The Washington Post
Gafford pulls win out of thin air
Big man beats the buzzer after Beal’s air ball
detroit — May good fortune shine upon whoever tries to make sense of these Washington Wizards. They’re not making it easy.
Two days after playing the Nba-leading Milwaukee Bucks hard at Capital One Arena but falling a few points short, the Wizards visited Detroit on Tuesday night to face the team at the opposite end of the standings — and escaped with a 119-117 win over the Pistons that required a putback from Daniel Gafford at the buzzer after Bradley Beal airballed a floater.
This game was messy from start to finish and left the Wizards’ players, if not Coach Wes Unseld Jr., with mixed emotions.
“Not our finest effort. I think we had a couple guys probably not ready to play, [and] some guys looked a little fatigued. That’s to be expected where we are, the density of what we’re going through,” Unseld said after his team’s third game in four days, with another back home against Atlanta looming Wednesday. “But a win’s a win, so I’m not going to apologize for that. Worked out in our favor, and we did some good things down the stretch.”
Beal and Kristaps Porzingis were more blunt about being humbled.
“We’ve got to understand — no disrespect to Detroit — but we play a playoff-type team, and we’re losing [ Tuesday’s] game,” Beal said. “We’ve got to be a lot better.”
The Pistons, who shut down star Cade Cunningham in December to focus on building for the future, opened with a group that featured just one player, Jaden Ivey, who had made more than 15 starts this season. Yet as Unseld said pregame, these Pistons (1551) play hard.
Fifteen turnovers kept the Wizards (31-34) from building a lead for three quarters, as has too often been the case lately. But they were mostly healthy as Kyle Kuzma returned after missing Sunday’s game with knee soreness; they just played with a lack of energy that let the inexperienced Pistons play confident, balanced basketball without a hint of fear or intimidation. The Wizards’ defense allowed the youngsters to run the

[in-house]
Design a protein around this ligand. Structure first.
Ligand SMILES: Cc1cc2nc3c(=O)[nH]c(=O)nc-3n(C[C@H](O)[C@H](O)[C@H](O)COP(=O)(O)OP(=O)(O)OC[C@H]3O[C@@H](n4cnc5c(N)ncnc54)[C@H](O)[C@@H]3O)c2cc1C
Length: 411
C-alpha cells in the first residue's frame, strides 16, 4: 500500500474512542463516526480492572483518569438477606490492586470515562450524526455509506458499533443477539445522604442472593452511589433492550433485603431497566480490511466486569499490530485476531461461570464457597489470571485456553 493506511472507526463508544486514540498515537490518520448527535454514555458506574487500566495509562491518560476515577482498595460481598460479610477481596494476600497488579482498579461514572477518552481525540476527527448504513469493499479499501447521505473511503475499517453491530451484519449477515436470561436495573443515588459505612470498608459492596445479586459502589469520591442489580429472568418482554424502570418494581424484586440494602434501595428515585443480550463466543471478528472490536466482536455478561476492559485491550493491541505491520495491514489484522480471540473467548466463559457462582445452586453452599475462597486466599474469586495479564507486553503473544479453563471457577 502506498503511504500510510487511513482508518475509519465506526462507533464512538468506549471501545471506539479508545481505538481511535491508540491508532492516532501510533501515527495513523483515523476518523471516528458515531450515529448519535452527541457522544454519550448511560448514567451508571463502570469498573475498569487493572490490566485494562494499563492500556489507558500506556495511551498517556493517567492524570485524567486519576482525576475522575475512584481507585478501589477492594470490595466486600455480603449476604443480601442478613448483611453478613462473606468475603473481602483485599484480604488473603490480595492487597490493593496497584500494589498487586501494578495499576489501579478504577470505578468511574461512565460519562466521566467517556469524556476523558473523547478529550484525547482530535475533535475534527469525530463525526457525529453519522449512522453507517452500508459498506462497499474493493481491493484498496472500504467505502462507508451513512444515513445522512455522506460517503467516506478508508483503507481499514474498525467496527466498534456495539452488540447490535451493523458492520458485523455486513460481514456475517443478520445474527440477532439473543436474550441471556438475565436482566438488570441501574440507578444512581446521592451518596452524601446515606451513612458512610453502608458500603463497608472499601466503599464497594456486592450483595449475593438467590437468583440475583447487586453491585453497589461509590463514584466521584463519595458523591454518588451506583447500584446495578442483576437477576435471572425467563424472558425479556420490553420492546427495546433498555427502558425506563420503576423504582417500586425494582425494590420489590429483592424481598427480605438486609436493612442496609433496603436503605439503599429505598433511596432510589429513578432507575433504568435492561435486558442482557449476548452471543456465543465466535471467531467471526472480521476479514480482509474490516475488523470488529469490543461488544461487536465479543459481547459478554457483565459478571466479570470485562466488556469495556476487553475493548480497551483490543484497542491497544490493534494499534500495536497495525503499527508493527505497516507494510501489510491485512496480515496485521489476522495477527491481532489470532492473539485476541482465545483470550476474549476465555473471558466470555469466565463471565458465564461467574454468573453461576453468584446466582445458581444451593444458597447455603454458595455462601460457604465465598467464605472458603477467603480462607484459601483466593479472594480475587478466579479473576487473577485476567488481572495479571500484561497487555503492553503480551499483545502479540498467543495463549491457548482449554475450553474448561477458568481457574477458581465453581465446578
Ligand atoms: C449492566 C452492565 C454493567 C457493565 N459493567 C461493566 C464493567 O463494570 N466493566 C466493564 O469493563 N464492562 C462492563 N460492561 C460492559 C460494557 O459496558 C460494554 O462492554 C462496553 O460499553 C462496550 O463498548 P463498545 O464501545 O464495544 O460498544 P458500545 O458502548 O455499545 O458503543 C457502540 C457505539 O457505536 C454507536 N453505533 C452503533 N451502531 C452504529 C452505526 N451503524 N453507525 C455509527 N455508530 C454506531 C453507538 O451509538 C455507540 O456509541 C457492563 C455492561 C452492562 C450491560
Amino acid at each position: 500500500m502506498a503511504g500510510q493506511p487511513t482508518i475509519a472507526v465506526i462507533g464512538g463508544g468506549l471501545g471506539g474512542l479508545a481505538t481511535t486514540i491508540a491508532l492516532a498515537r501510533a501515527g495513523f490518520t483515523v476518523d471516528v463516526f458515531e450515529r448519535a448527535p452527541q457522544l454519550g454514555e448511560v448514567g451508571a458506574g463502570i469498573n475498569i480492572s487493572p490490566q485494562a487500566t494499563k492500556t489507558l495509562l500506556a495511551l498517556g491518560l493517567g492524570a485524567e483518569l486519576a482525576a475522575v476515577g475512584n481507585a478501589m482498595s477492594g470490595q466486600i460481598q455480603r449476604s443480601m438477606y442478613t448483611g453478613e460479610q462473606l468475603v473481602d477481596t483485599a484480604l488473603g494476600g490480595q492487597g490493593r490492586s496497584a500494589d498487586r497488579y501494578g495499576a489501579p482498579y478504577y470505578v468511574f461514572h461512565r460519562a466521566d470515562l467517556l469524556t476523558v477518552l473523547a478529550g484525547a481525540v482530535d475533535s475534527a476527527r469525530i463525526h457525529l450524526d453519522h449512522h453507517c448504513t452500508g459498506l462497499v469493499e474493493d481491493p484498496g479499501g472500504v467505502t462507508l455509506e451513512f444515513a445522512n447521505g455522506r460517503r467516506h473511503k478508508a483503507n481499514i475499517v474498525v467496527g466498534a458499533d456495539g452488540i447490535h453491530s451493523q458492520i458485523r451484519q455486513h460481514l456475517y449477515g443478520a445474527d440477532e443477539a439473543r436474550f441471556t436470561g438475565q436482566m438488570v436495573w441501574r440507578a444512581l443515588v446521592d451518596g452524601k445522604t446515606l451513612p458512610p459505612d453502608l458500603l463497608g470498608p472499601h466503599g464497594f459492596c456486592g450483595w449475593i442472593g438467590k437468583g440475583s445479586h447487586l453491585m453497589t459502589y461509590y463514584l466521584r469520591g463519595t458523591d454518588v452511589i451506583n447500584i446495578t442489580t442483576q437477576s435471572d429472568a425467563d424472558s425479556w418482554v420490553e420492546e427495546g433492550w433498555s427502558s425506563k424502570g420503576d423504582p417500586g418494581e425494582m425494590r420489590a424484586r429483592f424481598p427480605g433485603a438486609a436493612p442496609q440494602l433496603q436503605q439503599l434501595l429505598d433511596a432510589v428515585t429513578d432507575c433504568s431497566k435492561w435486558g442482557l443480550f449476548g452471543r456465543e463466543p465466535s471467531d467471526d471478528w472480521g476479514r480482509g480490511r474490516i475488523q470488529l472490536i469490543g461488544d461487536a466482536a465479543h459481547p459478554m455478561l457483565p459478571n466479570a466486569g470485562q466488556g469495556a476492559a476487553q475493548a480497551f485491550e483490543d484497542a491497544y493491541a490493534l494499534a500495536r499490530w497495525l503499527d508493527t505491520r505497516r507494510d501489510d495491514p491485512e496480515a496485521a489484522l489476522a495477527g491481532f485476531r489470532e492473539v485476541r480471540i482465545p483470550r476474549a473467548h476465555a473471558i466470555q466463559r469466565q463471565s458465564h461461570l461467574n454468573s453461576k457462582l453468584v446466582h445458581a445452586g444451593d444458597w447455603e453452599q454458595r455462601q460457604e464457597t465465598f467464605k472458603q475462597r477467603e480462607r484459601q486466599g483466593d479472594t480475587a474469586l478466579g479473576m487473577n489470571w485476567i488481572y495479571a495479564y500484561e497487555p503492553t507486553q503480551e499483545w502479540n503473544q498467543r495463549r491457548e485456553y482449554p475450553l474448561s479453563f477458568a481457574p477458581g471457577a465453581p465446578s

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court freely and shoot 51.2 percent. Detroit had 16 secondchance points on 10 offensive rebounds.
“Why would they be intimidated? We did nothing to intimidate them in the first 24, 36 minutes,” Unseld said. “So to their credit, they’ve continued to play hard. And that’s what you expected. It’s one of those games you had to impose your will on, and we didn’t do that. They’re going to push us. Thankfully, we came away with one.”
When it appeared Washington finally had things under control with a 103-95 lead about midway through the fourth quarter, Detroit bit back with two quick three-pointers, and Deni Avdija and Porzingis committed their fourth fouls shortly after. Avdija sat, and the Wizards limped to the finish line.
Ivey forced Porzingis to foul out with 50.1 seconds to play — Gafford entered in his place — and then hit both of his free throws, which Beal answered with a layup to tie it at 117. Kuzma then blocked Isaiah Livers and collected the rebound before Beal missed his floater and Gafford clinched the win, roaring afterward.
“It was really the big [block] with Kuz on the other end,” Gafford said. “. . . We let Brad live in his own world in that position, and he went downhill. Kind of was a little bit over the basket; I was in the right place at the right time, really. I wanted to get the rebound and put the ball right back up. I wasn’t even aware of how much time was left on the clock.”
Beal led the way with 32 points to go with seven rebounds and seven assists. Porzingis added 24 points; Kuzma, a Michigan native, had 23. Ivey led Detroit with 26 points and 12 assists.
“We expected a little bit that we were just going to take care of business,” Porzingis said. “It just doesn’t happen like that. . . . Even though we won, it’s a little bit humbling for us.”
Here’s what else to know about the Wizards’ win:
Morris sits again
Michigan native Monte Morris missed his sixth straight game with lower-back soreness, but Unseld said he continues to progress.
The point guard had a good workout Monday, and the team wanted to monitor his body’s response.
Morris has only played one-onone, but Unseld said he won’t be required to go through every step of a ramp-up — playing two-ontwo, then three-on-three — before returning, given the nature of his injury.
Tuesday’s game was supposed to be played Feb. 1 but was postponed; the Pistons couldn’t make it back to Detroit as winter weather wreaked havoc on the Dallas area, where they had faced the Mavericks two nights earlier. The rescheduling left the Pistons with three games in four days starting Saturday; they lost all three, extending their losing streak to nine.